In a lot of ways, Scola just looks out of place out there. He is rebounding – career best ORB% (11.1), DRB% (29.5%), TRB% (18.5%) – and hitting 48% of his field goal attempts. But, oh…the turnovers. His 29.7% individual TOV% is more than twice his career worst mark (last year’s 14.8%), and the team is turning the ball over almost 21% of the time with him on the floor.

“We talk about playing the game through random action, a lot,” Vogel said, when asked to discuss Luis’ struggles. “[Scola] has been one of the best on our team with that. Playing the dribble-handoff game, hitting the corners in quick pick-and-rolls, and things like that. He’s just a little quick with his passes, and maybe trying to rush things too much. He’ll stabilize, I’m sure.”

Vogel is probably (probably) right, here, but there’s plenty reason to worry. This is a 34-year old player whose surrounding cast doesn’t look to get better in the immediate future. Not a recipe for bouncing back any time soon.

Bishop: Even though his numbers look okay, I’ll pick Luis Scola. Through five games, he’s been super careless with the ball. He turned it over four times in the first five minutes of the game against the Grizzlies and most of them were without defensive pressure. I hate watching him drive to the rim to throw up an awkward layup and I can say the same about him defensively. He’s not to fun to watch.

Gibson: Scola, finally had a zero turnover game against Washington, but his three turnovers a game have been part of the Pacers larger turnover problem. I’d be much more forgiving if he was doing anything offensively, but he’s barely scoring 6 points a game while posting a +/- of -12.4. Considering he averaged 7.6 off the bench last year, it is hard not to disappointed in his output. Even though he’s going up against starters I don’t think we would have anticipated him playing this poorly so far.

Will Donald Sloan have a place in the rotation when George Hill and C.J. Watson return?

Donahue: Possibly, but I can’t imagine it being a big one.

Sloan has put up numbers (15-6-6 through first five games, but so have his counterparts. In the last four games, the other team’s starting point guard have averaged 24-5-6 while shooting over 49% from the floor. That’s not all on Donald, but he certainly carries a large part of the responsibility. Pacer fans fond of complaining about George Hill’s defense are being forcefully reminded what a bad defensive point guard actually looks like.

His future minutes on a healthy Pacer team (sans Paul George) will be more a function of lack of wing depth than Sloan’s skill or value as a point guard. Sloan won’t get minutes ahead of either George Hill or C.J. Watson at the one, but there is a very real possibility that either or both of those guys will see extended minutes at the 2. Vogel is less than thrilled with having to use Chris Copeland and Damjan Rudez at the wing, and he will be sorely tempted to trade size for more known quantities. That could create open minutes for Sloan.

Bishop: The same amount that he played when Watson and Hill were in the regular rotation. It’s unfortunate because I have enjoyed watching him fight and scrap against starting point guards.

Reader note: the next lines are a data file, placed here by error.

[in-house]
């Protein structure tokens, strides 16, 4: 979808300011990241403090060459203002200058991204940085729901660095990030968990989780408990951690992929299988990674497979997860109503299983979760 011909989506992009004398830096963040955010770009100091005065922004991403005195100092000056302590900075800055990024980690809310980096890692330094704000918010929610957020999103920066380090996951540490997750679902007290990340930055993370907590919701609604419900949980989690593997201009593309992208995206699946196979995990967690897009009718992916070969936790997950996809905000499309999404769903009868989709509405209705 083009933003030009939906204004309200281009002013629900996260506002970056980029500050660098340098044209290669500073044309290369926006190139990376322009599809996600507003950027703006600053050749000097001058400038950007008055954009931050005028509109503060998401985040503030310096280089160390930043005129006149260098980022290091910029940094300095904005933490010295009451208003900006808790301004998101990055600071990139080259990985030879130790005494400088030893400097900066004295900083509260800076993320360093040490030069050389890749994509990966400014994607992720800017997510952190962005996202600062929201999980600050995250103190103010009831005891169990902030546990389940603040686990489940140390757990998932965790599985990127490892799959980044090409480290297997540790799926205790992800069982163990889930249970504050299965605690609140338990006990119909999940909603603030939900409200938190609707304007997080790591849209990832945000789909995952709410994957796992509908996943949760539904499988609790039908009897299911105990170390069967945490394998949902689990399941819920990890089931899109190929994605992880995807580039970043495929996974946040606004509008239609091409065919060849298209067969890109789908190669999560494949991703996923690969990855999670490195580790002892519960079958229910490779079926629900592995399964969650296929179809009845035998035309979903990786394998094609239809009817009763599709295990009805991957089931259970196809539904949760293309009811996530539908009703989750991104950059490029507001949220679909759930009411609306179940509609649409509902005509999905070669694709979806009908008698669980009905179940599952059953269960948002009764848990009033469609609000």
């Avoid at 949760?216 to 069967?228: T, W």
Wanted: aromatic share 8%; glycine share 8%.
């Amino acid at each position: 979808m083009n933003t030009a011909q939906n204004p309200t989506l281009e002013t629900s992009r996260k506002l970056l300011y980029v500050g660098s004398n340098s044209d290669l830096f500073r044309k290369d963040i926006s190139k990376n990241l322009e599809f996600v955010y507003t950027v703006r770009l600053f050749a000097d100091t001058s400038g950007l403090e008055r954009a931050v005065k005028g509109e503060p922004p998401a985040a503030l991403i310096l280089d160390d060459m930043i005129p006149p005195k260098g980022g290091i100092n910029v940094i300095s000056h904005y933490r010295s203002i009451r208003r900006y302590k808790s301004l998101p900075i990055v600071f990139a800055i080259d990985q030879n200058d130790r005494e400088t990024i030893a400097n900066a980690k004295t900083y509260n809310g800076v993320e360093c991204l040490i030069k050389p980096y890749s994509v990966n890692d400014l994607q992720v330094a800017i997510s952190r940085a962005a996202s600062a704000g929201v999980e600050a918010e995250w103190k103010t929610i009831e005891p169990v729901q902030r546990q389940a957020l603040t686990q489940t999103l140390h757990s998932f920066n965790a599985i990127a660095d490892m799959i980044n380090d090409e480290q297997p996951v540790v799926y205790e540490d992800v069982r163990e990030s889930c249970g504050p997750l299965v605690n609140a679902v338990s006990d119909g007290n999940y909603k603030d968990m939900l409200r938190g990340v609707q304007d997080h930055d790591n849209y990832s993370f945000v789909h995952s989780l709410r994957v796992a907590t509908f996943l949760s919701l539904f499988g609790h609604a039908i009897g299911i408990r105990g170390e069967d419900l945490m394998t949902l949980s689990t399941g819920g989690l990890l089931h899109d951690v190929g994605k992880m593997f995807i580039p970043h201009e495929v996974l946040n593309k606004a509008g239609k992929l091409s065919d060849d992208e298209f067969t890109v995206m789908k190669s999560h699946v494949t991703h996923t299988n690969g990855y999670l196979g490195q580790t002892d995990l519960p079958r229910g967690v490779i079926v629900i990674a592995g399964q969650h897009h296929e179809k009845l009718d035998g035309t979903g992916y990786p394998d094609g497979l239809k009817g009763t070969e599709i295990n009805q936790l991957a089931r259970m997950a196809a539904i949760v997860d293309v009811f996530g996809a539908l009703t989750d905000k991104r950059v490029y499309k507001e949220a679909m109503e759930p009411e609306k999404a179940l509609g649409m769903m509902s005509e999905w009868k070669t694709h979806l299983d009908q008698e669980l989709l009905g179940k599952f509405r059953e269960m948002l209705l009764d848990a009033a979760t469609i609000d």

Vogel could use him as a second team shooting guard since Miles is struggling and Stuckey is hobbling at the moment. Indiana ran two point guard lineups a bit during last year with C.J. Watson at the 2 so Sloan could find time there.

Washburn: I think he definitely has a spot in the rotation against certain lineups. With an entirely healthy team, he may still get several DNP-CDs, but I could also seeing him get 12-15 minutes in lineups with Watson/Hill at the 2. His improvement might actually make him or Watson a possible trade target should the Pacers want to upgrade another position once the team returns to full health.

Gibson: Maybe. I only say maybe because with Lance Stephenson gone, there is more time for him to play shooting guard or move as Dohahue suggested, put George Hill or C.J. Watson there. But outside of what Donahue has already said about how Vogel may manage the the 2, his minutes will take a drastic hit.

On a scale of Forgetting to Buy Milk At The Store to The Hinderberg Exploding on the Titanic, how big of a disaster is C.J. Miles so far

Bishop: He’s been bad. I actually gave him a C+ grade in the game vs. Memphis because he scored nine points in the first quarter. Indiana probably doesn’t score 10 that quarter if he didn’t hit those 20-foot jumpers.

He’s in an expanded role that he clearly can’t fill. I would like to think he will get back to the mean and start making shots but he’s the only wing guy with range that can do some stuff off the dribble. Every shot of his is gonna be guarded and it doesn’t help that his game is revolved around 20-foot jumpers.

Donahue: In the narrow terms of actual play? Oh, the humanity. In terms of how worried I am? It’s a five-minute drive to the store for milk.

He’s not hitting shots, so he’s useless at the moment. Up until the Washington game, he was getting reasonable looks. After Tuesday night’s loss to Milwaukee, he himself estimated he’d played perhaps two good quarters. I didn’t see the full game against the Wizards, but it’s safe to assume he didn’t add to that total on Wednesday.
It’s too early to get to worked up about a guy getting paid less than the full MLE. The shots will start to fall, and then the other flaws won’t be as damaging. Talk to me after Thanksgiving, if no progress has been made.

Washburn: It’s been really bad. I actually thought that the combination of him and Rodney Stuckey could potentially replace 90% of what Lance gave this team without adding in the crazy. Unfortunately, his beautiful jumper has rarely found the bottom of the net, and he looks like a guy that learned how to play defense from Kyrie Irving.

Gibson: I think he’ll get better, but at the moment…

dumpster /